The evidence to the contrary of that sentiment is, however, quite strong. First of all, Cabarrus County kept very accurate marriage records, and there is no record of George remarrying. Second of all, in 1820 George is found two households from a Paul Nussman in Rowan County. Thirty years later in neighboring Cabarrus County, George is found living next door to Paul Nussman. And who was Paul Nussman's wife? Why, none other than a Hannah Haldeman, whom he married in Cabarrus County on 20 Aug 1810. It seems unlikely that George would live in such close proximity to Paul Nussman and his wife Hannah for so long if it were George's former wife who was a Haldeman and not his current one. This lends credence to the assertion that Susannah and Mary Magdeline were one in the same.

Further, both Mary and Hannah in the 1850 Census claim to have been born in Pennsylvania. This is where the Haldeman family originated, as did most early Mennonites.

Marlene DiGiovanni, a longtime genealogical researcher of the Eagle family and descendant of Leah Eagle, daughter of George b. 1781, who married Isaac Beaver, asserts that it was not uncommon for a person's given Christian name and their personal name among their family members to be different. She believes strongly that Mary Magdeline and Susannah are one in the same, and I am inclined to agree with her despite the lack of documentation proving this assertion.

Three other Haldemans are found in Cabarrus County records in addition to Hannah and Mary/Susannah. An Elizabeth Haldeman married a William Groner or Croner in Cabarrus County on 19 Jan 1795. A Christian Halteman/Halterman married a Mary Schmidt/Smith on 1 Sep 1800 in Cabarrus County, and is found in Cabarrus County census records in 1810, 1820, and 1830. His eldest and only identified son was Abraham Halterman who appears in several Cabarrus County records. It is interesting to note as well that Pastor Storch's records state that he buried an Abraham Haldeman in 1798.

A researcher named Donna Basinger who has thoroughly researched many Haldeman Mennonite families believes that this Abraham was almost certainly the father of this clump of Haldemans in Cabarrus and Rowan counties. She believes this Abraham who was buried by Pastor Storch to be an Abraham Krey Haldeman of Pennsylvania, brother of John Krey Haldeman and Nicholas Haldeman, the latter of which apparently also migrated to North Carolina from Pennsylvania. She writes:

"The brother of my possible ancestor John Krey Haldeman was Abraham Krey Haldeman. He was supposed to have moved out of Pennsylvania, probably after the Rev. War. His brother Nicholas Haldeman supposedly went to North Carolina as well. I think this is Abraham, father of Christian. This Abraham’s father was Christian and Mennonite naming patterns means you name the first son after his grandfather. So Abraham named his son Christian after his father. Christian then named a son Abraham after his father."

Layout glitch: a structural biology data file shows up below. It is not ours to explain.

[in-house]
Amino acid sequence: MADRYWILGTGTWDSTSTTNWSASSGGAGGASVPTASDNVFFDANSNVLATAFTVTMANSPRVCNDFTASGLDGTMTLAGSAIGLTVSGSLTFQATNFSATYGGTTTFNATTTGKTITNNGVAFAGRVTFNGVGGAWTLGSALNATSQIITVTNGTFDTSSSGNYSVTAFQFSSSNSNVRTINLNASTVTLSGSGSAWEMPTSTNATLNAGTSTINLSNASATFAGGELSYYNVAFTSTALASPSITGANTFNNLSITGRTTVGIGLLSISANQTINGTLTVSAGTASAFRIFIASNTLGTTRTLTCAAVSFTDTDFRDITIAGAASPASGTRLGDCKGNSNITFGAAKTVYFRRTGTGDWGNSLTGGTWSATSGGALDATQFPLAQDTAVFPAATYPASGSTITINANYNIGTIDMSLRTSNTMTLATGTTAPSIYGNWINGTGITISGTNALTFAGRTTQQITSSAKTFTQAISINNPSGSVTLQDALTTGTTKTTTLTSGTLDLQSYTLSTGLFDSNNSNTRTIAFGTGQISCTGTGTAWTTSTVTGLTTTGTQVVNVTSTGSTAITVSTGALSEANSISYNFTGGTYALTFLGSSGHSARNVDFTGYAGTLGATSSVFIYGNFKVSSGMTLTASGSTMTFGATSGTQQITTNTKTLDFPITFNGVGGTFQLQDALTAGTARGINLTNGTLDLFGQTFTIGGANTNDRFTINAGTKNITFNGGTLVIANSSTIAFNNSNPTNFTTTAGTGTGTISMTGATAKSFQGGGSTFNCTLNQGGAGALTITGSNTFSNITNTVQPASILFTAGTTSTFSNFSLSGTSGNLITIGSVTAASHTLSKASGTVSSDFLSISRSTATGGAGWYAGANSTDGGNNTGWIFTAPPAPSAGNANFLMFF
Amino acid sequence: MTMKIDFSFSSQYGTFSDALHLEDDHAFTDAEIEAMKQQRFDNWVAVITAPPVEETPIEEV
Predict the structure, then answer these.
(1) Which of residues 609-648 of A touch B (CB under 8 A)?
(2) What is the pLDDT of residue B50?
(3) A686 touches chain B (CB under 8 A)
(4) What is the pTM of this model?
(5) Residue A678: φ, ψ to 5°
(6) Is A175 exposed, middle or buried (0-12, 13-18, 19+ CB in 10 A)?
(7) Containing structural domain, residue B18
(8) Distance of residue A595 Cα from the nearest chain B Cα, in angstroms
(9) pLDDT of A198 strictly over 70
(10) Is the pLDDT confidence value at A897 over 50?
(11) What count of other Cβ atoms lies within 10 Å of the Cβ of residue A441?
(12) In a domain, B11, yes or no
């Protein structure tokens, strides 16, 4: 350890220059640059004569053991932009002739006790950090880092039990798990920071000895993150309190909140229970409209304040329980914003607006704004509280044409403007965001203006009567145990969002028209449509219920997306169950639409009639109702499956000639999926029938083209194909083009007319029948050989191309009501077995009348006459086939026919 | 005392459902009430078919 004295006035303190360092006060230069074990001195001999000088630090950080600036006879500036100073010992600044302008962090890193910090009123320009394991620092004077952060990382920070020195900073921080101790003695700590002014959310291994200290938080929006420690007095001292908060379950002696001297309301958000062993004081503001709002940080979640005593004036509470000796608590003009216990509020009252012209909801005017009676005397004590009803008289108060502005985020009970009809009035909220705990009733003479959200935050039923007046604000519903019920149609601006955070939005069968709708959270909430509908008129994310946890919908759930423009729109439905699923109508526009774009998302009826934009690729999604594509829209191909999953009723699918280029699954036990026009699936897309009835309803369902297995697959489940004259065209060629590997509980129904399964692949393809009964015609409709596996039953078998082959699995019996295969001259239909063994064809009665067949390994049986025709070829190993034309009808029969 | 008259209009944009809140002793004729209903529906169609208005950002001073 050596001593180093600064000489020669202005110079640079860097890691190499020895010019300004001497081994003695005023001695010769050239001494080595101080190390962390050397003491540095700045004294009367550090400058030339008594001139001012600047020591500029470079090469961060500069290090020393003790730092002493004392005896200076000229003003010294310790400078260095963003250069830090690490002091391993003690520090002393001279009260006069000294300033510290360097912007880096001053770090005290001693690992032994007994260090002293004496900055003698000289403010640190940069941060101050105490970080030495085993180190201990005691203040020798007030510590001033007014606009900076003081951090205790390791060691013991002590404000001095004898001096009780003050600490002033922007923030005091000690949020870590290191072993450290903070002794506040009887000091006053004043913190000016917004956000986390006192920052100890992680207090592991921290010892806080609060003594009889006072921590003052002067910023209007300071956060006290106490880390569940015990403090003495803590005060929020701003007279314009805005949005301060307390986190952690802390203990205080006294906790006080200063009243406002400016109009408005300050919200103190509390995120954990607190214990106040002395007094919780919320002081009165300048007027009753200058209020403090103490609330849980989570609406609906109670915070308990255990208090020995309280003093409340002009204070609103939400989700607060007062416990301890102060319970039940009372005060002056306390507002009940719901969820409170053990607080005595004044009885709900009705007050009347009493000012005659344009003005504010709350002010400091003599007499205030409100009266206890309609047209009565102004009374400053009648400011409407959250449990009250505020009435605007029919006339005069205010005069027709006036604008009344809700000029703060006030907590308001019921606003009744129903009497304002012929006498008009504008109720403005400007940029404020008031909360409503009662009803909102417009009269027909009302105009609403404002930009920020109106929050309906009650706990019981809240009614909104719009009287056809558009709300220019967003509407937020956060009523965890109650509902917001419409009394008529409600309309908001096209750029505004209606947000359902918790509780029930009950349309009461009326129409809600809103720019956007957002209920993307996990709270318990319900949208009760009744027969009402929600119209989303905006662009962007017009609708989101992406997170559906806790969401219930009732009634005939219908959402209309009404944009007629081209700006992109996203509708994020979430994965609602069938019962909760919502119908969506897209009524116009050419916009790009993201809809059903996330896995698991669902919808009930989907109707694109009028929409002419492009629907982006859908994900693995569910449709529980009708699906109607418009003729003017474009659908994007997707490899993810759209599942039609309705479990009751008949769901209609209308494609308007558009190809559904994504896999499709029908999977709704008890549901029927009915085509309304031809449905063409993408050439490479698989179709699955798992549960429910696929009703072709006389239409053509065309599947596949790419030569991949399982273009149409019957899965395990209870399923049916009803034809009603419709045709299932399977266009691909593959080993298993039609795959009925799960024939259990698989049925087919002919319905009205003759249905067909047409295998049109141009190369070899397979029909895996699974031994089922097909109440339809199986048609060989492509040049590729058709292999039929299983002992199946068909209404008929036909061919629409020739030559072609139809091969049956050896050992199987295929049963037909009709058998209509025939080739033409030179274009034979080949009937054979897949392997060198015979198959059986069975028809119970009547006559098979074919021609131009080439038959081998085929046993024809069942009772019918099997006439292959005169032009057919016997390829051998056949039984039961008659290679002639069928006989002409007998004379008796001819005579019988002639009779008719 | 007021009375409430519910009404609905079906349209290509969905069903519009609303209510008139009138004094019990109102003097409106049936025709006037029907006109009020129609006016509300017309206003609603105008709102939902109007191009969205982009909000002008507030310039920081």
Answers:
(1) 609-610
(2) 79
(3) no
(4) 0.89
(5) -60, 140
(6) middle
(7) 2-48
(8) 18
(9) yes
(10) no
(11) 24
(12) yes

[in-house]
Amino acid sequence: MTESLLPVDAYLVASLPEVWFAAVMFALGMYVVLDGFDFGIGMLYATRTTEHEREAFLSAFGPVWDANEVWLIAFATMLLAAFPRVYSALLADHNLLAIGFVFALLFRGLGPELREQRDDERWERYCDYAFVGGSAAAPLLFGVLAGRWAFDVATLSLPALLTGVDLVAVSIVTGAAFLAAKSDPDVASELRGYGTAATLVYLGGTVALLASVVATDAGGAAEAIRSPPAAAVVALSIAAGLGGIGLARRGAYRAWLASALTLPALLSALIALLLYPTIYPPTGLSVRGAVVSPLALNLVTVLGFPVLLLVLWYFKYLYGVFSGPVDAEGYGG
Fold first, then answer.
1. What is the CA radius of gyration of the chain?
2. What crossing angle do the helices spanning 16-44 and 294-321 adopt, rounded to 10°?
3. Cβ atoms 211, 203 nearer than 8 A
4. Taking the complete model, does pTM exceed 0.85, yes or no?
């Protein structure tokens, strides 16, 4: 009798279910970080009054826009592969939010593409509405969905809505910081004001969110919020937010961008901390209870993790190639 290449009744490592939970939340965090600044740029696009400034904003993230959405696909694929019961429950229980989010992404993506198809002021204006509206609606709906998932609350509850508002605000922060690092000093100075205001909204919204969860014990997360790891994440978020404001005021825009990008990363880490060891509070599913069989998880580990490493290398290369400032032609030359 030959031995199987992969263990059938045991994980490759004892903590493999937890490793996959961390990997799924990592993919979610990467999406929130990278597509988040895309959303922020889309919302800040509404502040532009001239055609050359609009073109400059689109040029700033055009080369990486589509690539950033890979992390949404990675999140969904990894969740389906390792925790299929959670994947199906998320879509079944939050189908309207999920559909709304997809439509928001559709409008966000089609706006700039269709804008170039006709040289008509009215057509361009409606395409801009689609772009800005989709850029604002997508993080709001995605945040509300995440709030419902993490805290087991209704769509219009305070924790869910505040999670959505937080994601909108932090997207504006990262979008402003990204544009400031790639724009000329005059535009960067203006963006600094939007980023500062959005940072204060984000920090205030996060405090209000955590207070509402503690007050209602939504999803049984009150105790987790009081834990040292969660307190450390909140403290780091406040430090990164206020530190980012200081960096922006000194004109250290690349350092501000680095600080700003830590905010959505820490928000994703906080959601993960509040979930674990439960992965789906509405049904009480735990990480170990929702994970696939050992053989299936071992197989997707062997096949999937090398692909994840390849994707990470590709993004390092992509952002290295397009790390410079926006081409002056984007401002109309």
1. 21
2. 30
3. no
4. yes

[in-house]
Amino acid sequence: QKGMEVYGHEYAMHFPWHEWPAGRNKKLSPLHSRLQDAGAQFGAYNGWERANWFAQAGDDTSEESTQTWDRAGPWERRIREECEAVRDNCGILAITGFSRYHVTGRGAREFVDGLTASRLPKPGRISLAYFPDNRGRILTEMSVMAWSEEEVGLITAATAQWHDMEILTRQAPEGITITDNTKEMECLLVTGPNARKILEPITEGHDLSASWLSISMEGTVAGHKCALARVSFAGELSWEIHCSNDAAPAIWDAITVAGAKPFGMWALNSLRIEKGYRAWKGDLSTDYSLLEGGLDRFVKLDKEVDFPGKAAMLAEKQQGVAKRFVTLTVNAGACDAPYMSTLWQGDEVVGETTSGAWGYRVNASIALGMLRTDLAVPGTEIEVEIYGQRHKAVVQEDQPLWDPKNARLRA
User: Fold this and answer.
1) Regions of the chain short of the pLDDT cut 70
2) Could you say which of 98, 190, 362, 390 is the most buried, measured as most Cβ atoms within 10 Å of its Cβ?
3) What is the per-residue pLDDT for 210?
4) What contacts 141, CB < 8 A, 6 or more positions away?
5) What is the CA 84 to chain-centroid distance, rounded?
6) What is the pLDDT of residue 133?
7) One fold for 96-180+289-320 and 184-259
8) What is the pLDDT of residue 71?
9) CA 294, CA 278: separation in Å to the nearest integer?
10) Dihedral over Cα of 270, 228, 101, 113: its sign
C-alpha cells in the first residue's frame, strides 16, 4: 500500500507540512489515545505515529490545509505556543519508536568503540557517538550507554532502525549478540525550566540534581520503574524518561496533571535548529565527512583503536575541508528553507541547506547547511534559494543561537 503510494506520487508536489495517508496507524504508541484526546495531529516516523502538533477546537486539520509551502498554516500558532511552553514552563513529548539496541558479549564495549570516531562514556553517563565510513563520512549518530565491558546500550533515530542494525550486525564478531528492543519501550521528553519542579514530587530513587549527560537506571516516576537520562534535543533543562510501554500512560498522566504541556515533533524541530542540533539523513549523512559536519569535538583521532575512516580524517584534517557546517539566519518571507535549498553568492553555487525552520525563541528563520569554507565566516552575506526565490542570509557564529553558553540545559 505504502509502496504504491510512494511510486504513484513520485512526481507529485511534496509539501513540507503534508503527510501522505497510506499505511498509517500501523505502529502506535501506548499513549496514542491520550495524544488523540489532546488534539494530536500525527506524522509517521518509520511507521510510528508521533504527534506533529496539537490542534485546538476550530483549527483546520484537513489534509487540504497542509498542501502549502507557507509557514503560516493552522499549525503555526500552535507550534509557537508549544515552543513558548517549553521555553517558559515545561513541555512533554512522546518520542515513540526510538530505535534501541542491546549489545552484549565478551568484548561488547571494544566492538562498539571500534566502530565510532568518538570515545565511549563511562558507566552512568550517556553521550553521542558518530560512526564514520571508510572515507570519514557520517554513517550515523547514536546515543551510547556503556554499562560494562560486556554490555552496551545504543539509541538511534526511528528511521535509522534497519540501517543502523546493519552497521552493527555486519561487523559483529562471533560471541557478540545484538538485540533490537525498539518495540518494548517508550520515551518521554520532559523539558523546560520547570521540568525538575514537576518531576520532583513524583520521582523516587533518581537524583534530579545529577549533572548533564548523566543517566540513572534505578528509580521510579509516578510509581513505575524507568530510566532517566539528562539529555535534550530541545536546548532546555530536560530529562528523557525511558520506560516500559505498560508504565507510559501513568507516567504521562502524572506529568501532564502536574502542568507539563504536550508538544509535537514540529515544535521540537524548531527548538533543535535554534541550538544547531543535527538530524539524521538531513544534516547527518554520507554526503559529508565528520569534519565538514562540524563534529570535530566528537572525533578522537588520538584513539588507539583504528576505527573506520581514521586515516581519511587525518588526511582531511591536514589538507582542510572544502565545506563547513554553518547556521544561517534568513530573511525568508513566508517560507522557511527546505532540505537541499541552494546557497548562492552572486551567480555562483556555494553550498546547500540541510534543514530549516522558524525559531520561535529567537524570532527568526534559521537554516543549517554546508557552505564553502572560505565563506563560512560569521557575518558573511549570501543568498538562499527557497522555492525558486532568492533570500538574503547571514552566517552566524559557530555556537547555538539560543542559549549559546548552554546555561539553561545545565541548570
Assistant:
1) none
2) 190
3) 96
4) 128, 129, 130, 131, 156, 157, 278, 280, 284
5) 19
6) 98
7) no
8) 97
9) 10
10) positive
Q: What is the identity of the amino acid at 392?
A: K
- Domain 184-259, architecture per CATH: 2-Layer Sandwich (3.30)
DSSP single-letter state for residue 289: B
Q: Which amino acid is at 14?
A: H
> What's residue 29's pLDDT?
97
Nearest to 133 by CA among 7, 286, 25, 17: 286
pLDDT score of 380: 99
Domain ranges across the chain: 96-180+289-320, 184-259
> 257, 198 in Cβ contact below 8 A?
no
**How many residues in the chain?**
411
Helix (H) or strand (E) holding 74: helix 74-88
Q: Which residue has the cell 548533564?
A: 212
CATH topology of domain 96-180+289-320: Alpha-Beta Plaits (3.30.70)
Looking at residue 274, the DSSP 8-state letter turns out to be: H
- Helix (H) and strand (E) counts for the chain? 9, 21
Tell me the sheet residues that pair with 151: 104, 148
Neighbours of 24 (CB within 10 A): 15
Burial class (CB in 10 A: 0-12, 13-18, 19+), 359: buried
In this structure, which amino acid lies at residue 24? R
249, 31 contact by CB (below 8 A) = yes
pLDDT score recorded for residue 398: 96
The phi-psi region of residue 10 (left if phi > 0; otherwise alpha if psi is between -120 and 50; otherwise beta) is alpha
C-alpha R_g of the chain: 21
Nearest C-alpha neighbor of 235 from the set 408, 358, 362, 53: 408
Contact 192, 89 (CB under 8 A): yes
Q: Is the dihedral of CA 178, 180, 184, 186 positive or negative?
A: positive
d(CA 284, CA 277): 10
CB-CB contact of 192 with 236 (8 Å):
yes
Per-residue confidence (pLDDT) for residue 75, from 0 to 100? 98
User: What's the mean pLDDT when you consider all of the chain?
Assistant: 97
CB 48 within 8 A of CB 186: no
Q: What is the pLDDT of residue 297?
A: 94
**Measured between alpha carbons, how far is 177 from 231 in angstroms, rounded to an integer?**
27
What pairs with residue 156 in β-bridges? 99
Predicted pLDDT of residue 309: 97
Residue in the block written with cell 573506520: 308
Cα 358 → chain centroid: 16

She also sent a biographical sketch of an Eli Eddlemann from "History of Alexander, Union, and Pulaski Counties, Illinois", edited by William Henry Perrin. He married a daughter of the aforementioned younger Abraham Halterman, son of Christian of Rowan County, likely son of the elder Abraham. 

"He was married in 1852 in this county to Miss Mary L. Halterman.  A native of N. Carolina born September 24, 1827 and came to Union Co with her parents in 1850. ...Mrs  Eddleman’s father was Abraham Halterman, a native of N. Carolina and born in 1800.  He was a farmer and carpenter and in 1852 built the County Court house at Concord N.C.  and in 1850 came to Union Co. ILL.  He was a large landholder owning some 2500 acres.  He died in 1853   His father was Christian Halterman a native of Pennsylvania but an early emigrant to North Carolina."

This sketch further points to the probability that Christian was a brother of Mary/Susannah, Hannah, and probably Elizabeth as well. The only other way I know of to try and learn more about the family of Mary/Susannah, or at least confirm assumptions, is by looking at DNA evidence. Once again, I will look at Ronnie Moose's DNA results to see if they lend credence to the assertion that Mary Eagle Ribelin's mother was a Haldeman/Halterman of Pennsylvanian Mennonite descent.

I have decided to search through Ronnie's results using six different variations of the name: Haldeman, Halderman, Holdeman, Holderman, Halterman, and Holterman. Each search yielded matches of varying degrees of confidence with the exception of Holterman, which yielded no results. I will not be looking at the many results with "Low" and "Very Low" confidence; I will focus only on those with "Moderate" or higher confidence.

Under these parameters, I came up with six promising matches. The most intriguing of which was to user Forcumjr. He descends from a Joseph Halterman who died in Davie County, NC in October 1845, and who married his wife, Rosanna Tate, in none other than Rowan County on 10 Jun 1829. The bondsman for their marriage was a Frederick Stirewalt. And who did Abraham, son of Christian, marry? Why, he married Enny Stirewalt on 1 Jan 1825 in Rowan County. I believe Joseph was likely another son of Christian, and with Ancestry's Moderate confidence that this user is a 5th-8th cousin of Ronnie, it appears even more likely that Mary Eagle Ribelin's mother was indeed a Haldeman who was likely a sister of Christian.